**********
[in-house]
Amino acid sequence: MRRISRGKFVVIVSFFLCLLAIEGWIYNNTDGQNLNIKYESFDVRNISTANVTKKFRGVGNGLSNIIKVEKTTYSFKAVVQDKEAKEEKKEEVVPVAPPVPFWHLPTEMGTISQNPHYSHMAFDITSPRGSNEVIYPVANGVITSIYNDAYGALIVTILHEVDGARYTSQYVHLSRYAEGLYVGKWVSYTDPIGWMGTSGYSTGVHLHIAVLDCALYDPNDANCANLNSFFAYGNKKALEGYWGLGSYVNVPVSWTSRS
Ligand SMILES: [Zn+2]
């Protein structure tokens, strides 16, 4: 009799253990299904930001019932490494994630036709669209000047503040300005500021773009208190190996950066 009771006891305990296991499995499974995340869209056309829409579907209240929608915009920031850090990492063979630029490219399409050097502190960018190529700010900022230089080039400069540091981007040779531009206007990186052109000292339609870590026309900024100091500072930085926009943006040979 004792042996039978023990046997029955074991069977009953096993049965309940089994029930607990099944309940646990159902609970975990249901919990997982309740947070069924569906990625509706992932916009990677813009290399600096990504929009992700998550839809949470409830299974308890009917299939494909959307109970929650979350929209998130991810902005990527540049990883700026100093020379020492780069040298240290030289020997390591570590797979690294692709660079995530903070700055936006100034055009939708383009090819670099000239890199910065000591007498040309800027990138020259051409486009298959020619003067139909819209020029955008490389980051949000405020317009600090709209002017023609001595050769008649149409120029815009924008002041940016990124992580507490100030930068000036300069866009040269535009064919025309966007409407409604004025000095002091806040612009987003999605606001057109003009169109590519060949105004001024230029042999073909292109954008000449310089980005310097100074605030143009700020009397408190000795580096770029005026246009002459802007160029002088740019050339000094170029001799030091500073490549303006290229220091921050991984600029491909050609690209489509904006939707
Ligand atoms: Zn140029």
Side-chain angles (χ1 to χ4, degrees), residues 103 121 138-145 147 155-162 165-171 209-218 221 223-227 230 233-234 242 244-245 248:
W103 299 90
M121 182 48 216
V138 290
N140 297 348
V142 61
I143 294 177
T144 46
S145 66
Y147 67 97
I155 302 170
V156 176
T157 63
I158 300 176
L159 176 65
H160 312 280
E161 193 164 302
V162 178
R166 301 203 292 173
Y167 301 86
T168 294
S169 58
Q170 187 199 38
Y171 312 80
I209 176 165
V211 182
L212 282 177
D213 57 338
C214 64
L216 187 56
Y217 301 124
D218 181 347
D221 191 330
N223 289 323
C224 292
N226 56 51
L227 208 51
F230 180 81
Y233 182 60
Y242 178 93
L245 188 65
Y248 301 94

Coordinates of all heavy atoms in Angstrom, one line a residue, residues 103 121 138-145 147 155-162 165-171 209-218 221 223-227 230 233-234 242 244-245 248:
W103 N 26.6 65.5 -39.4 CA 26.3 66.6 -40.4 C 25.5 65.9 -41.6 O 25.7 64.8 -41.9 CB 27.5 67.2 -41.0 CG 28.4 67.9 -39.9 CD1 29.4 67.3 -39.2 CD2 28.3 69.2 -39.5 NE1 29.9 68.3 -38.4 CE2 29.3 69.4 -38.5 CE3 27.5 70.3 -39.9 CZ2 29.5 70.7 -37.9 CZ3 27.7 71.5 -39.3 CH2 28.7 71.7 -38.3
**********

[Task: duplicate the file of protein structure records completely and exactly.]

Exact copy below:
[in-house]
Amino acid sequence: MRRISRGKFVVIVSFFLCLLAIEGWIYNNTDGQNLNIKYESFDVRNISTANVTKKFRGVGNGLSNIIKVEKTTYSFKAVVQDKEAKEEKKEEVVPVAPPVPFWHLPTEMGTISQNPHYSHMAFDITSPRGSNEVIYPVANGVITSIYNDAYGALIVTILHEVDGARYTSQYVHLSRYAEGLYVGKWVSYTDPIGWMGTSGYSTGVHLHIAVLDCALYDPNDANCANLNSFFAYGNKKALEGYWGLGSYVNVPVSWTSRS
Ligand SMILES: [Zn+2]
């Protein structure tokens, strides 16, 4: 009799253990299904930001019932490494994630036709669209000047503040300005500021773009208190190996950066 009771006891305990296991499995499974995340869209056309829409579907209240929608915009920031850090990492063979630029490219399409050097502190960018190529700010900022230089080039400069540091981007040779531009206007990186052109000292339609870590026309900024100091500072930085926009943006040979 004792042996039978023990046997029955074991069977009953096993049965309940089994029930607990099944309940646990159902609970975990249901919990997982309740947070069924569906990625509706992932916009990677813009290399600096990504929009992700998550839809949470409830299974308890009917299939494909959307109970929650979350929209998130991810902005990527540049990883700026100093020379020492780069040298240290030289020997390591570590797979690294692709660079995530903070700055936006100034055009939708383009090819670099000239890199910065000591007498040309800027990138020259051409486009298959020619003067139909819209020029955008490389980051949000405020317009600090709209002017023609001595050769008649149409120029815009924008002041940016990124992580507490100030930068000036300069866009040269535009064919025309966007409407409604004025000095002091806040612009987003999605606001057109003009169109590519060949105004001024230029042999073909292109954008000449310089980005310097100074605030143009700020009397408190000795580096770029005026246009002459802007160029002088740019050339000094170029001799030091500073490549303006290229220091921050991984600029491909050609690209489509904006939707
Ligand atoms: Zn140029």
Side-chain angles (χ1 to χ4, degrees), residues 103 121 138-145 147 155-162 165-171 209-218 221 223-227 230 233-234 242 244-245 248:
W103 299 90
M121 182 48 216
V138 290
N140 297 348
V142 61
I143 294 177
T144 46
S145 66
Y147 67 97
I155 302 170
V156 176
T157 63
I158 300 176
L159 176 65
H160 312 280
E161 193 164 302
V162 178
R166 301 203 292 173
Y167 301 86
T168 294
S169 58
Q170 187 199 38
Y171 312 80
I209 176 165
V211 182
L212 282 177
D213 57 338
C214 64
L216 187 56
Y217 301 124
D218 181 347
D221 191 330
N223 289 323
C224 292
N226 56 51
L227 208 51
F230 180 81
Y233 182 60
Y242 178 93
L245 188 65
Y248 301 94

Coordinates of all heavy atoms in Angstrom, one line a residue, residues 103 121 138-145 147 155-162 165-171 209-218 221 223-227 230 233-234 242 244-245 248:
W103 N 26.6 65.5 -39.4 CA 26.3 66.6 -40.4 C 25.5 65.9 -41.6 O 25.7 64.8 -41.9 CB 27.5 67.2 -41.0 CG 28.4 67.9 -39.9 CD1 29.4 67.3 -39.2 CD2 28.3 69.2 -39.5 NE1 29.9 68.3 -38.4 CE2 29.3 69.4 -38.5 CE3 27.5 70.3 -39.9 CZ2 29.5 70.7 -37.9 CZ3 27.7 71.5 -39.3 CH2 28.7 71.7 -38.3